The girl is beautiful. Does this sentence describe the stimulus provided by the girl – or the reaction undergone by the writer? What is in the sentence for you to react to? What is being reported to you – the girl’s condition, or the writer’s condition? Do you think the girl is beautiful? Do you agree with the writer? Disagree?”

“If the writer wanted us to think the girl is beautiful, the statement, the girl is beautiful, is lazy and cowardly. If he told us the colors, shapes, and dimensions of the girl; the sounds of the girl; the grains and textures of the girl; the musks and aromas of the girl; the taste and flavor of the girl – and he believed the girl was beautiful – would he say something so limp and useless as, ‘The girl is beautiful’?  The writer is saying, ‘I won’t let you see her, but take my word for it, the girl is beautiful.’ How can I believe the girl is beautiful if I don’t react to her myself? If the writing is successful, the questions vaporize.”

“The meaning of experience is itself, not anything said about it. We know an experience to the extent we undergo that experience. The writer who aspires to provide whole and responsible knowledge must understand, respect, and use the function of fiction to create experience.”

“Good writing does not record a situation; it transforms itself into the situation. Words disappear. A universe comes into being.”

“Statements about another man’s experience provide knowledge to the intellect.  But that kind of knowledge is partial and dangerous.  Knowledge must be provided to the flesh, to the nerve, to the bone, to the marrow.  We know an experience to the extent we undergo that experience.”

“Being poetic about a place destroys the poetry of the place.  The place is poetic as it is.”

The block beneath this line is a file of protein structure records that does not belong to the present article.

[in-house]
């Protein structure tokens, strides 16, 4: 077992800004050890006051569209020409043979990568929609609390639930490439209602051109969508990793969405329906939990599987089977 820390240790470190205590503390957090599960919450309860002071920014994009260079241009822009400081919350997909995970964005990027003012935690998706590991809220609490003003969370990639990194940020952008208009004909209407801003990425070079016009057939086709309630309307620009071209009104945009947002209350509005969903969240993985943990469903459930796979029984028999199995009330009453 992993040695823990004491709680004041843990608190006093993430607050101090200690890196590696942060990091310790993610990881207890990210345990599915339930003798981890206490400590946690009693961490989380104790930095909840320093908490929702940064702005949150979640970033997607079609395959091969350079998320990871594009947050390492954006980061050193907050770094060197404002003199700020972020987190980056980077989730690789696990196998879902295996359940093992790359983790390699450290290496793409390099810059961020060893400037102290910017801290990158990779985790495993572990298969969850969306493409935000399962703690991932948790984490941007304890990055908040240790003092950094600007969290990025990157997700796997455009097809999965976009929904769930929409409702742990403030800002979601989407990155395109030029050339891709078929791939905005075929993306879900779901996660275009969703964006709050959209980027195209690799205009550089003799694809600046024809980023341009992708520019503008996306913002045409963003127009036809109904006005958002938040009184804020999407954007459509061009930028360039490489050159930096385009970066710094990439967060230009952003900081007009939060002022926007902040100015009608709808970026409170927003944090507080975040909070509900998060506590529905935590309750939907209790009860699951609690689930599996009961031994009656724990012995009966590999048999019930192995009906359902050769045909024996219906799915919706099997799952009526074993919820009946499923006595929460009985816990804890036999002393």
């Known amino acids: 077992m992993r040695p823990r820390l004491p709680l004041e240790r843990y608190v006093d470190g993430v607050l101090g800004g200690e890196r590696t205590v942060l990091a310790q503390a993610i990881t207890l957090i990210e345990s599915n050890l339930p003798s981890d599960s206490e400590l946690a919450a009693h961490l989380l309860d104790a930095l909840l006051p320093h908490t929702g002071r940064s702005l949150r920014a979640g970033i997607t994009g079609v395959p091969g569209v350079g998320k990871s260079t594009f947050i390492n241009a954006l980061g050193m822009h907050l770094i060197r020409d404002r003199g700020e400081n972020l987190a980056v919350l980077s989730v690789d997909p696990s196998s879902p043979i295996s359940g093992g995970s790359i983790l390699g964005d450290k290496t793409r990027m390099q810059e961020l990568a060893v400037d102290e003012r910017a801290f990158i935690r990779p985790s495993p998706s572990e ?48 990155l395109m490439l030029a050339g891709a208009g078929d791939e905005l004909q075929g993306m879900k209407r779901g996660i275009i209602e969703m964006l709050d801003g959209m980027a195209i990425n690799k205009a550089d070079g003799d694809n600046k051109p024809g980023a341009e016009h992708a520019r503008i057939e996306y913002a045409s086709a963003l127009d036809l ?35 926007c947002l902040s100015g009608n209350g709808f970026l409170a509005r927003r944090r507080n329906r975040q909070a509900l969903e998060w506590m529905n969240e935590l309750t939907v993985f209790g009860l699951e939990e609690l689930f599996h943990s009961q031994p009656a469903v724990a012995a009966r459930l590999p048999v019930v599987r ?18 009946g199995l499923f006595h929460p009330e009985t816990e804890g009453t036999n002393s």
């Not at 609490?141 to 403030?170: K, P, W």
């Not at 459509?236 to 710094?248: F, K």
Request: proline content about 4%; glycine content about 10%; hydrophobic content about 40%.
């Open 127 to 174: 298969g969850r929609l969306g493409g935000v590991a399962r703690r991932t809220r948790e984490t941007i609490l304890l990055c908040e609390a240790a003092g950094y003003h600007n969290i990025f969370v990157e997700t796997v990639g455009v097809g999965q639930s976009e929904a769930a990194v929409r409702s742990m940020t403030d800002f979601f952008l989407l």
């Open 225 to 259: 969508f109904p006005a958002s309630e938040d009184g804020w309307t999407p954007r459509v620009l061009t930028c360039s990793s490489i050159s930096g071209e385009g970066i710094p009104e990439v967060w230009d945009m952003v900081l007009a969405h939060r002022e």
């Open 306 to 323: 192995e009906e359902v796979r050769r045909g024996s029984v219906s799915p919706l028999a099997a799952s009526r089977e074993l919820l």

Discussions on Aristotle’s Rhetoric

“Persuasion is not the intention of rhetoric, but the accident.  The intention of rhetoric is to find the truth.  It is the truth that persuades.”

“True rhetoric has only one purpose.  Not to serve the vanity of its speaker.  Not to serve the vanity of its listener.  The purpose of rhetoric is to serve the health of its subject.”

“Ability to write flows from the proper state of mind.  Ability to write is knowing and stating and resolving ignorance.  A writer needs questions.  Questions cause answers.  Who makes something clear for others, makes it clear for himself.”

“If a man intends to impress someone his work will not be clear, because he does not intend clarity, he intends to impress.”

“Argument is an instrument of discovery, not an instrument of imposition.”

“You cannot succeed unless you run the risk of failure.”

“The truth exists within us.  All we have to do is remember what we already know.”

“A judgment is the enemy of investigation, because a judgment terminates investigation.”

Random Notes on Plato’s Phaedrus

“The man who needs to be adored doesn’t even know what love is. He merely needs another person’s reassurance to fill himself where he is lacking. He wants something in return for his love.  Unless you love yourself, you cannot love others.”

“No philosophical answer belongs to someone else, but ourselves.”

“We owe it to each other to help one another recognize the truth we find within ourselves.”

“It is better to fail at an honorable task, than to succeed at an evil one.”

“Truth is the sum of all things.  Each thing is a part of the truth.  If the part is taken from the sum, it becomes a lie.”

“Emotional understanding is something more than intellectual understanding.”

“Ideas are a dime-a-dozen.  Power comes in execution.”

“If the essay ends when it ends, it fails.  The essay must begin when it ends.”